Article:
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UN rights chief hits out at 'unconscionable' separation of families at US border

He called for Washington to immediately end the practice of “forcible separation of these children”.

Immigration Holding Facility A US Border Patrol agent watches as people who've been taken into custody related to cases of illegal entry into the United States. Source: US Customs and Border Protection's Rio Grande Valley Sector via AP

THE UN’S RIGHTS chief has condemned the “unconscionable” separation of migrant children from their parents at the US border, as First Lady Melania Trump made a rare political plea to end the deeply controversial practice.

The “zero-tolerance” border security policy implemented by President Donald Trump’s administration has sparked tears among migrant families and outrage on both sides of the political aisle.

“The thought that any state would seek to deter parents by inflicting such abuse on children is unconscionable,” Zeid Ra’ad Al Hussein said as he opened a session of the UN Human Rights Council in Geneva.

He called for Washington to immediately end the practice of “forcible separation of these children”.

Democrats, meanwhile, stepped up their opposition to the policy, describing it as “evil”.

“They call it ‘zero tolerance,’ but a better name for it is zero humanity, and there’s zero logic to this policy,” said Senator Jeff Merkley of Oregon, after leading a group of Democratic lawmakers to the Mexican border.

They toured a converted Walmart supermarket that is now housing about 1,500 immigrant children, after which Merkley said “hurting kids to get legislative leverage is unacceptable. It is evil.”

Bracing for more child arrivals, the government plans to build camps at military bases in Texas.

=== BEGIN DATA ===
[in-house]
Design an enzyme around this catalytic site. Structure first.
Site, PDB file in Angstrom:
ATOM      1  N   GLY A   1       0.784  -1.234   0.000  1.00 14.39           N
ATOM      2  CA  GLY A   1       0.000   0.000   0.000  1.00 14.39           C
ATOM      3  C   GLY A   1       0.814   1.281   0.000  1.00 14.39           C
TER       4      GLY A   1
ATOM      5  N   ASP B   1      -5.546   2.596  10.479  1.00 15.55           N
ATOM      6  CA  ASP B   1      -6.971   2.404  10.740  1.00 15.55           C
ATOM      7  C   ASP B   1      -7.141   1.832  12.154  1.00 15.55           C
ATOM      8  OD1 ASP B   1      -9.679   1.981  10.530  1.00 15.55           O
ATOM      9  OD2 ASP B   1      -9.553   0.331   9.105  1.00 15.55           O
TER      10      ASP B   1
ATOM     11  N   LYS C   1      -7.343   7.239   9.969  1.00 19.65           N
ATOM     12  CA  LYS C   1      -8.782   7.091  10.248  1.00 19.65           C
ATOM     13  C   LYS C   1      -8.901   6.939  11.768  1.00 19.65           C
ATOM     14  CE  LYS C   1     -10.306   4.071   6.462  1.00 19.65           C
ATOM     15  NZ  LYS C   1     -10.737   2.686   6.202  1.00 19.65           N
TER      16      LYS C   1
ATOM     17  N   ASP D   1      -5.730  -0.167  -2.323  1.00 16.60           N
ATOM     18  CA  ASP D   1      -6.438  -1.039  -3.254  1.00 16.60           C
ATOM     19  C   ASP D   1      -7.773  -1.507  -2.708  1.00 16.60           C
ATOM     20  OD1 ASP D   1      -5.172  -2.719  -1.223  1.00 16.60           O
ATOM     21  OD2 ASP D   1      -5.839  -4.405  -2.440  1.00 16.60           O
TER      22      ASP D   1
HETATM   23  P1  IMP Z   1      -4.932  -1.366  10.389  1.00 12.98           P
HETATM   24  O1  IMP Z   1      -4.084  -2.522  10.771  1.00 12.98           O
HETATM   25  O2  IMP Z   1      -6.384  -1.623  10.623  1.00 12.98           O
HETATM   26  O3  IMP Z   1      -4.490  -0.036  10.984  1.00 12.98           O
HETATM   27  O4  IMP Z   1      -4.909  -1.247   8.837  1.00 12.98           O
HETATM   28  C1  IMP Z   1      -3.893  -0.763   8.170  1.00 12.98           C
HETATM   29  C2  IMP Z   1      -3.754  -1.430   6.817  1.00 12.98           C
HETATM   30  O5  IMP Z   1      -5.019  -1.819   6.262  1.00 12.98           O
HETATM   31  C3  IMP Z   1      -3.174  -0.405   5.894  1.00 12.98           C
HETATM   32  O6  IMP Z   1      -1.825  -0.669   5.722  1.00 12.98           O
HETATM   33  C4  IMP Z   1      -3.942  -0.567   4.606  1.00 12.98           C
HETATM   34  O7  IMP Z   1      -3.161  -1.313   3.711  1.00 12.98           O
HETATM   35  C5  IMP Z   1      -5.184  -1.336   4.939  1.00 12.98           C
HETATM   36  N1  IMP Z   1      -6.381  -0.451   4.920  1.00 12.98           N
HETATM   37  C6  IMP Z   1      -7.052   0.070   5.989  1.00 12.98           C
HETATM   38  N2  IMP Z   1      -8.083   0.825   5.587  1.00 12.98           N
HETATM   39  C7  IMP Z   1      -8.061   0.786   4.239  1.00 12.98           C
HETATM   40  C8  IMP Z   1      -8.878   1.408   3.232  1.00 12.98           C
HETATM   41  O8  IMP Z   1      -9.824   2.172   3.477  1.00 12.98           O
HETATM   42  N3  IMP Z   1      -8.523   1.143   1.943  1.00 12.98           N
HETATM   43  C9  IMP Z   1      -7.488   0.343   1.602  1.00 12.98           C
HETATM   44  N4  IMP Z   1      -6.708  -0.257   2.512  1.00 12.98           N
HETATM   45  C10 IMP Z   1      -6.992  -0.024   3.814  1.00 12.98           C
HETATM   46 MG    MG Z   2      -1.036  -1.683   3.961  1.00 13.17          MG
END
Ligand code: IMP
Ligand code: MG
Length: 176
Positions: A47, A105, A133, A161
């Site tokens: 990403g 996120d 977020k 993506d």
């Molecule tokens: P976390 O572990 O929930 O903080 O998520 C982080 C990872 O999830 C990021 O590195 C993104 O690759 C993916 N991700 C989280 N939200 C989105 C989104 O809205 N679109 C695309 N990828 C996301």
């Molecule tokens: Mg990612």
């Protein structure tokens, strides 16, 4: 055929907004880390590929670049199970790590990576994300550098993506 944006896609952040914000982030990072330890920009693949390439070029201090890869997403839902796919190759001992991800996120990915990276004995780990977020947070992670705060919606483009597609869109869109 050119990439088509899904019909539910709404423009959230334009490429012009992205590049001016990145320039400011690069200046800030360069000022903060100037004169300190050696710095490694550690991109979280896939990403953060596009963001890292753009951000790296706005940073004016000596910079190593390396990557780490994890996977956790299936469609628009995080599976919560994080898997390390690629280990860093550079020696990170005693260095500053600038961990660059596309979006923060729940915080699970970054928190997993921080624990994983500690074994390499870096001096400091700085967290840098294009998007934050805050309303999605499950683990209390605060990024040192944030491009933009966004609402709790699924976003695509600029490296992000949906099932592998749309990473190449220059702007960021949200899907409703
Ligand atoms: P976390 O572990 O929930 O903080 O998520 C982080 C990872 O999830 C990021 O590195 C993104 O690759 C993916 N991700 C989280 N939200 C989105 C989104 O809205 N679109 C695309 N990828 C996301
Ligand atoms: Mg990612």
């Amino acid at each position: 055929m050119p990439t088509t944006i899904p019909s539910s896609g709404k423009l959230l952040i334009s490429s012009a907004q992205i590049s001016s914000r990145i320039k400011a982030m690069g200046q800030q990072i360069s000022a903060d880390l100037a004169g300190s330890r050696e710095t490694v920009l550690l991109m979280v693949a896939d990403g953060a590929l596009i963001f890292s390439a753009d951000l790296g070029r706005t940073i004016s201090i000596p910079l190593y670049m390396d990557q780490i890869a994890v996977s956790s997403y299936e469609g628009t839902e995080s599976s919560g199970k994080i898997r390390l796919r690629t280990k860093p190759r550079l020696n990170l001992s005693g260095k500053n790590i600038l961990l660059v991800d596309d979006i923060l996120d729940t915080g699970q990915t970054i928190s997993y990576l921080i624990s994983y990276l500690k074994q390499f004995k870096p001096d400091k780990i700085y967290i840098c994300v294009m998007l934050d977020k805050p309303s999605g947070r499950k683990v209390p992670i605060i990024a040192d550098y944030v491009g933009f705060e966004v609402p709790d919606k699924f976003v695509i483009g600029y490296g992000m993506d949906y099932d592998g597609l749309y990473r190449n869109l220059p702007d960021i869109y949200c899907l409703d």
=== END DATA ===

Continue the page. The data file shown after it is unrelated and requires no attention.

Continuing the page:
Authorities said that during one recent six-week period nearly 2,000 minors were separated from their parents or adult guardians — a figure that only stoked the firestorm.

Trump has said he wants the separations to end, but continues to blame opposition Democrats for the crisis, which critics say is of his own making.

Amid deep divisions, congressional Republicans have struggled to craft a viable immigration plan.

Republican criticism

Immigration Holding Facility People who've been taken into custody related to cases of illegal entry into the United States, stand in line at a facility in McAllen, Texas. Source: US Customs and Border Protection's Rio Grande Valley Sector via AP

Some of Trump’s fellow Republicans also have said the policy must end.

The administration has decided “to separate children from their parents to try to send a message that if you cross the border with children, your children are going to be ripped away from you,” Senator Susan Collins told CBS television’s Face the Nation.

“That’s traumatising to the children who are innocent victims, and it is contrary to our values in this country.”

Laura Bush, the former first lady and wife of Republican ex-president George W. Bush, was unflinching in her rejection of the policy.

“I appreciate the need to enforce and protect our international boundaries, but this zero-tolerance policy is cruel. It is immoral. And it breaks my heart,” Bush, who lives in Texas, wrote in a Washington Post opinion piece.

Ex-president Bill Clinton, a Democrat, also weighed in.

“These children should not be a negotiating tool. And reuniting them with their families would reaffirm America’s belief in & support for all parents who love their children,” he tweeted.

In one incident that highlighted the crisis, five immigrants died and several others were injured after a high-speed chase with Border Patrol agents in Texas ended in a crash, US media said.

© AFP 2018.

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